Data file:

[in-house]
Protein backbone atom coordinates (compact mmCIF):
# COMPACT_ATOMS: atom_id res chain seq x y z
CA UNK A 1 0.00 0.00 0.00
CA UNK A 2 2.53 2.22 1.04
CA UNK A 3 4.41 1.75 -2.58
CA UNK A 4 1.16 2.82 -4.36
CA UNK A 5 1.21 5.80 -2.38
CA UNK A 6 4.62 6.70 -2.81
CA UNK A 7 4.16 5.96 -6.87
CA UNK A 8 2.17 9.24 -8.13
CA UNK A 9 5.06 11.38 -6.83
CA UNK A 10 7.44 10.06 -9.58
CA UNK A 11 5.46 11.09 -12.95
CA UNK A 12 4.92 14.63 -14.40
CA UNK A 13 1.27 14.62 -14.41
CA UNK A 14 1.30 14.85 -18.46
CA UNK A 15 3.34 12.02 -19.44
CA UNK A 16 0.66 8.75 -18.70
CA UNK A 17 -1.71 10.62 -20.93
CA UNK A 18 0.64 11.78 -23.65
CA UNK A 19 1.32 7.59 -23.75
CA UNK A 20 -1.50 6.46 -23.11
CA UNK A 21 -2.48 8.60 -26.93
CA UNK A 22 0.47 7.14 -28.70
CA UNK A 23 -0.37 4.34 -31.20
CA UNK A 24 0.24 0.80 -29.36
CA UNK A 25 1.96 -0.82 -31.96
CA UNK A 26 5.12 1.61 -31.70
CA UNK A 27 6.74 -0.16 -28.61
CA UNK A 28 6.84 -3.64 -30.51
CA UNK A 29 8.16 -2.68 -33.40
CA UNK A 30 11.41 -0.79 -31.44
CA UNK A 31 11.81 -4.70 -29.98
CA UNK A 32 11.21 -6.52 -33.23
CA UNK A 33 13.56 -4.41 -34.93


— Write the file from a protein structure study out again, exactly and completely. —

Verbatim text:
[in-house]
Protein backbone atom coordinates (compact mmCIF):
# COMPACT_ATOMS: atom_id res chain seq x y z
CA UNK A 1 0.00 0.00 0.00
CA UNK A 2 2.53 2.22 1.04
CA UNK A 3 4.41 1.75 -2.58
CA UNK A 4 1.16 2.82 -4.36
CA UNK A 5 1.21 5.80 -2.38
CA UNK A 6 4.62 6.70 -2.81
CA UNK A 7 4.16 5.96 -6.87
CA UNK A 8 2.17 9.24 -8.13
CA UNK A 9 5.06 11.38 -6.83
CA UNK A 10 7.44 10.06 -9.58
CA UNK A 11 5.46 11.09 -12.95
CA UNK A 12 4.92 14.63 -14.40
CA UNK A 13 1.27 14.62 -14.41
CA UNK A 14 1.30 14.85 -18.46
CA UNK A 15 3.34 12.02 -19.44
CA UNK A 16 0.66 8.75 -18.70
CA UNK A 17 -1.71 10.62 -20.93
CA UNK A 18 0.64 11.78 -23.65
CA UNK A 19 1.32 7.59 -23.75
CA UNK A 20 -1.50 6.46 -23.11
CA UNK A 21 -2.48 8.60 -26.93
CA UNK A 22 0.47 7.14 -28.70
CA UNK A 23 -0.37 4.34 -31.20
CA UNK A 24 0.24 0.80 -29.36
CA UNK A 25 1.96 -0.82 -31.96
CA UNK A 26 5.12 1.61 -31.70
CA UNK A 27 6.74 -0.16 -28.61
CA UNK A 28 6.84 -3.64 -30.51
CA UNK A 29 8.16 -2.68 -33.40
CA UNK A 30 11.41 -0.79 -31.44
CA UNK A 31 11.81 -4.70 -29.98
CA UNK A 32 11.21 -6.52 -33.23
CA UNK A 33 13.56 -4.41 -34.93